And grace isn’t a zero sum game.
1. What does it look like to pursue excellence in your work without compromising your faith?
2. How do grace and competition interact in your daily life? When the two conflict, what guides your choice between the two?
Editor's Note: This article originally appeared on
The High Calling
. The image above was taken by
Tony the Misfit
of Nathan Sawaya's Lego art titled
The Courage Within.
john van sloten
To me, work is all about bringing glory to God. When we drive hard and excel; it's an act of worship. By getting every ounce out of what God's gifted us with, we're honouring him. And by making him the focus of our efforts, all that we accomplish is always held in humble perspective (what are our accomplishments next to His?) Unhealthy competition, on the other hand, is about beating the person next to you; about comparing in the wrong direction.
John I agree. I think as Christians we must engage in competition in a way that reflects the fact that we believe Jesus Christ the Son of God died on the cross for our sins. I have written extensively about this at my blog Compete4Christ
If you check it out start by reading Pillars 1,2 and3 and go from there. Feedback welcome
Good point, John. For me the trick is not slipping from healthy competition into something unhealthy. I may say to myself all day long that I'm being sharpened, and sharpening others, to use the Biblical idea of competition.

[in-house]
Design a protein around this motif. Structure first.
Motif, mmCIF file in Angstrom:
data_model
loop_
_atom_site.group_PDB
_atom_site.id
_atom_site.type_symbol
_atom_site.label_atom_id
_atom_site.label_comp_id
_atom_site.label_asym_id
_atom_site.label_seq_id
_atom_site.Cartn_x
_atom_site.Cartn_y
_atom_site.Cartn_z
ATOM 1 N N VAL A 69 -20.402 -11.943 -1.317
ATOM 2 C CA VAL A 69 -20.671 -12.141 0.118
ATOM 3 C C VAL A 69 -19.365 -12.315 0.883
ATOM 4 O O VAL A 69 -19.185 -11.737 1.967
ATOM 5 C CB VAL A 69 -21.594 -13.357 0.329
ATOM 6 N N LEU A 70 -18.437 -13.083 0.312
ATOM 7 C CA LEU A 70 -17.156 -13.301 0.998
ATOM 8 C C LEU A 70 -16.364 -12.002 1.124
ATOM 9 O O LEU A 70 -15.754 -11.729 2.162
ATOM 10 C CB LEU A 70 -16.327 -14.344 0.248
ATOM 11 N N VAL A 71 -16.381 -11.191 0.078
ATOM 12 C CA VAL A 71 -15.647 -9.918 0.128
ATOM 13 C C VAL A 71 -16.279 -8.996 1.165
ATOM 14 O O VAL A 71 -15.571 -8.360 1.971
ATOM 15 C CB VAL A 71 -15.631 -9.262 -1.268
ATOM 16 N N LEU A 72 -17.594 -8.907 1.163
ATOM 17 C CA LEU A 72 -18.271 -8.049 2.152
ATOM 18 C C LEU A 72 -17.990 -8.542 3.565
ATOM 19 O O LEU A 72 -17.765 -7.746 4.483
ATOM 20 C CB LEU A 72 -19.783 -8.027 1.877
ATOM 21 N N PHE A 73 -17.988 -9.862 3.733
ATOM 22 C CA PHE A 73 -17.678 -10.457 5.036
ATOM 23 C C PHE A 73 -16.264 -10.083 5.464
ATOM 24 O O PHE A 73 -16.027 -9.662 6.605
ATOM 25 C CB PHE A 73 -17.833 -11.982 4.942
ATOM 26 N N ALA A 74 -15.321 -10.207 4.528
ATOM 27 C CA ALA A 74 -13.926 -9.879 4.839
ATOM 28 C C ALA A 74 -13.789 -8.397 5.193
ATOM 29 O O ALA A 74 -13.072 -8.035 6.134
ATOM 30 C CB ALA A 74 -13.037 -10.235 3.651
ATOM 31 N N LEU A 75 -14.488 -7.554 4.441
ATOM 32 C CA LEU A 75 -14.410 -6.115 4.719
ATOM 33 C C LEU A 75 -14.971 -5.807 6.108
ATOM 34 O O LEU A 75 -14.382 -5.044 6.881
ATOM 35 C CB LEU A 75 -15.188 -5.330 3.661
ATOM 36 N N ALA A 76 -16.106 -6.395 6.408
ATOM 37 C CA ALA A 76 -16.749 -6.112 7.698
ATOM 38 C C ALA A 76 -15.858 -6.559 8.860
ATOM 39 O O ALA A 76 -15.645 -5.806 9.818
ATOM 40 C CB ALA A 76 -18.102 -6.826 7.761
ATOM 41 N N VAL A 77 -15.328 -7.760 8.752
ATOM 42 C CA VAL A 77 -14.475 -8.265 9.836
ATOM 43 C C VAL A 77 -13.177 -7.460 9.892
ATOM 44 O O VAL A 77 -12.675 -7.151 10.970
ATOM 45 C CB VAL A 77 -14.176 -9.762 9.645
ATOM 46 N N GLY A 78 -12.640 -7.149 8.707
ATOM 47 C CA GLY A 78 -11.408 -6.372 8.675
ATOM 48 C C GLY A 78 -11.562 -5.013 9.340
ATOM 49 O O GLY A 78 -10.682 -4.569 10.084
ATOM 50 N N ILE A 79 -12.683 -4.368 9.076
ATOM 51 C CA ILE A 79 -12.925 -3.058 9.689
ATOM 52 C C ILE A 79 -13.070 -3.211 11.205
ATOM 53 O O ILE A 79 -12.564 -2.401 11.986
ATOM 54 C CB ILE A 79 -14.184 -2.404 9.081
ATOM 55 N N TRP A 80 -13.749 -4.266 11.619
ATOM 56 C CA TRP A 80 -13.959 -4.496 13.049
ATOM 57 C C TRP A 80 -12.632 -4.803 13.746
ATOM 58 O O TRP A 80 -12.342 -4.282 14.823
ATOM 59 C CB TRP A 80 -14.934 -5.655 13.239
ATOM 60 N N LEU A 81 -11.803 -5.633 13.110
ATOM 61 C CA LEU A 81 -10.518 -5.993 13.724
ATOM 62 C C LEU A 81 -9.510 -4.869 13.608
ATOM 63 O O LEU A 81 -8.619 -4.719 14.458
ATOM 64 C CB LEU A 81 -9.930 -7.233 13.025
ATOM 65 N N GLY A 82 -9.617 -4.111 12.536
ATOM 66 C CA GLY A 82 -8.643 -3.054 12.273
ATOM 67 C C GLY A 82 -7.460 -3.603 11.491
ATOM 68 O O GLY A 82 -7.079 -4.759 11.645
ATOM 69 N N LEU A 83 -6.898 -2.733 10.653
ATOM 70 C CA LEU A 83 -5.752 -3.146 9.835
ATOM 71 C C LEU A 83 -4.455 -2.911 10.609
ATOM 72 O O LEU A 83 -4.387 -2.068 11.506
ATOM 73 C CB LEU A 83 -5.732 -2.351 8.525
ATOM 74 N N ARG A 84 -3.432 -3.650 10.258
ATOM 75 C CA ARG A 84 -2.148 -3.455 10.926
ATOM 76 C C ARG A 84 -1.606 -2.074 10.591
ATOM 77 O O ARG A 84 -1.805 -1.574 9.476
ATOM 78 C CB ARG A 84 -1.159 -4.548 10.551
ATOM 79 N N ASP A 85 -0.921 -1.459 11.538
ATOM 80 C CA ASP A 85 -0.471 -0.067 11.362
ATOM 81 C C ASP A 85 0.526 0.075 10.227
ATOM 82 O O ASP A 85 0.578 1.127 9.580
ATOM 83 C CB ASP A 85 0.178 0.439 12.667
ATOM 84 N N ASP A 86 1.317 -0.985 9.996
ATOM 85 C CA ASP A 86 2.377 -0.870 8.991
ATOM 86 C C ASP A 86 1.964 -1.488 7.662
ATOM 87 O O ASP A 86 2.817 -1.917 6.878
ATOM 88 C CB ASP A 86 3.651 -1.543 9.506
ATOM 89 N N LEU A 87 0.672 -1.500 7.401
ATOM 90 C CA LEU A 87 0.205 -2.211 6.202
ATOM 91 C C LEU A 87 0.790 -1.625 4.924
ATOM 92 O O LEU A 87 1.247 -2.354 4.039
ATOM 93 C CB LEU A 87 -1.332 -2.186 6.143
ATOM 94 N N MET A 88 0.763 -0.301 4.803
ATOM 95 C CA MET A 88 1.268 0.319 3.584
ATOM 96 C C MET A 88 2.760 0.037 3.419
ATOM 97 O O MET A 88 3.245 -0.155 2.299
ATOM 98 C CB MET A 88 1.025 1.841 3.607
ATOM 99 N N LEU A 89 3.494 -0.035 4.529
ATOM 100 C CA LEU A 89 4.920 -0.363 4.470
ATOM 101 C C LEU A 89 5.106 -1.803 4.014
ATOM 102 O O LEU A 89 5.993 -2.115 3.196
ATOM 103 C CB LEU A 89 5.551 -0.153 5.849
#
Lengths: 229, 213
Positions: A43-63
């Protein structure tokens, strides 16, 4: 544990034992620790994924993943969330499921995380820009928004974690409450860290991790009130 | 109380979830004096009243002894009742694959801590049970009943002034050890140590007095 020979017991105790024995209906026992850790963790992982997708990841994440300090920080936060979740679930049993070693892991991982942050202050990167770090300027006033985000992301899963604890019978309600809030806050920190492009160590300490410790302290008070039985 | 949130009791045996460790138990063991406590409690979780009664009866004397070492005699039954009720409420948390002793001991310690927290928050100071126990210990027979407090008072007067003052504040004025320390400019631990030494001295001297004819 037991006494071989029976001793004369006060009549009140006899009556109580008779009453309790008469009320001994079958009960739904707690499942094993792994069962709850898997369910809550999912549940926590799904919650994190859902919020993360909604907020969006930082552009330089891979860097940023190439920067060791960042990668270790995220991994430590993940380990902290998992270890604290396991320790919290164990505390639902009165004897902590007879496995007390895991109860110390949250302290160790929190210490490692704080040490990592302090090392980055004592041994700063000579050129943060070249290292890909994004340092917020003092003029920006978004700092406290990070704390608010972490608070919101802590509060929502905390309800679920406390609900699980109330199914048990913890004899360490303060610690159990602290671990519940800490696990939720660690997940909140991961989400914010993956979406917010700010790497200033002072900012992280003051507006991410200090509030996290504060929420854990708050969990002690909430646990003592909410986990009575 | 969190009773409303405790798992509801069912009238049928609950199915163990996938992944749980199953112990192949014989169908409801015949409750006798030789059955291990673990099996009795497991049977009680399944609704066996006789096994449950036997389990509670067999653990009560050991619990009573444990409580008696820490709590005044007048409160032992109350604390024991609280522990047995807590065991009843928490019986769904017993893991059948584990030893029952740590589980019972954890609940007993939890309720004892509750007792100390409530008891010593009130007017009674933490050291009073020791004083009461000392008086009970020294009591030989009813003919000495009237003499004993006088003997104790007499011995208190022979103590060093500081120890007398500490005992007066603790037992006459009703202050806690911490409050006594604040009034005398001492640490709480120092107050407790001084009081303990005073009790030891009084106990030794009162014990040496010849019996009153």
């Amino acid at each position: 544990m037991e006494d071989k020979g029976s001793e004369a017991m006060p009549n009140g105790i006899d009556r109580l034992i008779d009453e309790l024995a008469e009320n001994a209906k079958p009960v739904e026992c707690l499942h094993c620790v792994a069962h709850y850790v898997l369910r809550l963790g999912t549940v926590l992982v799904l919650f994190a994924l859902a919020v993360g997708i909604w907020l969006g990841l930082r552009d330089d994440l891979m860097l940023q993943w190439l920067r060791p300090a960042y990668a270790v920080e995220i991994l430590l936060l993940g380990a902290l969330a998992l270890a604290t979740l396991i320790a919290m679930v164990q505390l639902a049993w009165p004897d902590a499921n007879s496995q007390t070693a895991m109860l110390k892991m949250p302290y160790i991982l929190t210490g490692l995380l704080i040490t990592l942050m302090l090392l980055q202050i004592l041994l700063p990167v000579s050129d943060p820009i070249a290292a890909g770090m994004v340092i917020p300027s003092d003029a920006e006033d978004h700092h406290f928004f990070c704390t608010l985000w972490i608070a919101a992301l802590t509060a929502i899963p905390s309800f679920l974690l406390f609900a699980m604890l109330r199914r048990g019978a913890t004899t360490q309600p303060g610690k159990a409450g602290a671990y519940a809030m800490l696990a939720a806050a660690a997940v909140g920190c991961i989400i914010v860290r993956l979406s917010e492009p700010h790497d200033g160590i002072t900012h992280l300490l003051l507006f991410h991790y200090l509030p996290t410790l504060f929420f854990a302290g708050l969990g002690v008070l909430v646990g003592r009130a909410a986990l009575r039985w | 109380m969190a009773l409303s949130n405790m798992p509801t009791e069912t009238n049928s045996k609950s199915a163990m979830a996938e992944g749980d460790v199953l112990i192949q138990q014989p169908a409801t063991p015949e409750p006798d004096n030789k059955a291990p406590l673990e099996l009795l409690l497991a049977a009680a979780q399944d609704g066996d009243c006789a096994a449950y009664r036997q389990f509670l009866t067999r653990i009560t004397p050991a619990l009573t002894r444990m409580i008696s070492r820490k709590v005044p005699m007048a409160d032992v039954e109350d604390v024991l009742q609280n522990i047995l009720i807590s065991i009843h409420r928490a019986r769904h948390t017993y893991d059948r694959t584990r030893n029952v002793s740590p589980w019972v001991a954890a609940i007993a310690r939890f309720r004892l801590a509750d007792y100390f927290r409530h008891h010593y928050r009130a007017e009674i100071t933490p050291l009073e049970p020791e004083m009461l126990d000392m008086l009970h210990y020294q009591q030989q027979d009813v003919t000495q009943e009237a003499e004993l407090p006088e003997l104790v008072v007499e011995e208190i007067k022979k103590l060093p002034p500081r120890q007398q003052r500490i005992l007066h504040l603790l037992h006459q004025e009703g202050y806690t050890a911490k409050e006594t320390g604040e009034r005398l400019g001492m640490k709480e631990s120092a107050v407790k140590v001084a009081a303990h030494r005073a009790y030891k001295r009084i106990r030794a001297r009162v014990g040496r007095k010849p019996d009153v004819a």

But as soon as it turns into a zero-sum game in my mind, I'm in trouble. Instead of working for the greater good of a project, organization, or community, I'm just trying to beat the other guy because I'm jealous of what the other guy has.
I wouldn't say work is all about bringing glory to God. In everything, not just work, we should bring glory to God. Work is essentially a punishment for sin. To the point, we should use our gifts to the fullest extent, how can you do that without competition? I don't think you can. A good example is the work-place of non profit company that has no competition. The element of sink-or-swim in the for-profit company, leads to competition in which everyone must create synergy by using their talents in the right place.